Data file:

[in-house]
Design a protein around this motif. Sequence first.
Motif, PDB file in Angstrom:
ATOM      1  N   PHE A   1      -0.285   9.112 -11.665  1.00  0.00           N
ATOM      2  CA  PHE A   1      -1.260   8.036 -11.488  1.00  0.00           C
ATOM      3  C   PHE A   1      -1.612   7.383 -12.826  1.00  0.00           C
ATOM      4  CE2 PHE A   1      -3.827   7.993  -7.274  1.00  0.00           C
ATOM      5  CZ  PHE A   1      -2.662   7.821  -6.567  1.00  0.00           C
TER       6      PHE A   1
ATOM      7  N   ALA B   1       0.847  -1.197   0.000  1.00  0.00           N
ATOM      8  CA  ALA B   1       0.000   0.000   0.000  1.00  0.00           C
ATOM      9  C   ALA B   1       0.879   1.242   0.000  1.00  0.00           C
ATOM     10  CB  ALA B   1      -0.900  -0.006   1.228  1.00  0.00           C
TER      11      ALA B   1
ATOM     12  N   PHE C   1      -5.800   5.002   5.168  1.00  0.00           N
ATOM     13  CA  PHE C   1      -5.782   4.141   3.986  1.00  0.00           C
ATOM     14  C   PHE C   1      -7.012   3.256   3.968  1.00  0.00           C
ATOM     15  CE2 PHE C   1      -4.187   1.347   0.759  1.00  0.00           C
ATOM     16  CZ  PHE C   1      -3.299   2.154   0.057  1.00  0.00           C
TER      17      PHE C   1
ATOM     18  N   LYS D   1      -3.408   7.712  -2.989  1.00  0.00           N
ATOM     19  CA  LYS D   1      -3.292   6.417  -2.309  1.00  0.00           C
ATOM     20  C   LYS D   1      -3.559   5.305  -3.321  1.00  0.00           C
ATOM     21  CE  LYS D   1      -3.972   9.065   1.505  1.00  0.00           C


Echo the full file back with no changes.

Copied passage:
[in-house]
Design a protein around this motif. Sequence first.
Motif, PDB file in Angstrom:
ATOM      1  N   PHE A   1      -0.285   9.112 -11.665  1.00  0.00           N
ATOM      2  CA  PHE A   1      -1.260   8.036 -11.488  1.00  0.00           C
ATOM      3  C   PHE A   1      -1.612   7.383 -12.826  1.00  0.00           C
ATOM      4  CE2 PHE A   1      -3.827   7.993  -7.274  1.00  0.00           C
ATOM      5  CZ  PHE A   1      -2.662   7.821  -6.567  1.00  0.00           C
TER       6      PHE A   1
ATOM      7  N   ALA B   1       0.847  -1.197   0.000  1.00  0.00           N
ATOM      8  CA  ALA B   1       0.000   0.000   0.000  1.00  0.00           C
ATOM      9  C   ALA B   1       0.879   1.242   0.000  1.00  0.00           C
ATOM     10  CB  ALA B   1      -0.900  -0.006   1.228  1.00  0.00           C
TER      11      ALA B   1
ATOM     12  N   PHE C   1      -5.800   5.002   5.168  1.00  0.00           N
ATOM     13  CA  PHE C   1      -5.782   4.141   3.986  1.00  0.00           C
ATOM     14  C   PHE C   1      -7.012   3.256   3.968  1.00  0.00           C
ATOM     15  CE2 PHE C   1      -4.187   1.347   0.759  1.00  0.00           C
ATOM     16  CZ  PHE C   1      -3.299   2.154   0.057  1.00  0.00           C
TER      17      PHE C   1
ATOM     18  N   LYS D   1      -3.408   7.712  -2.989  1.00  0.00           N
ATOM     19  CA  LYS D   1      -3.292   6.417  -2.309  1.00  0.00           C
ATOM     20  C   LYS D   1      -3.559   5.305  -3.321  1.00  0.00           C
ATOM     21  CE  LYS D   1      -3.972   9.065   1.505  1.00  0.00           C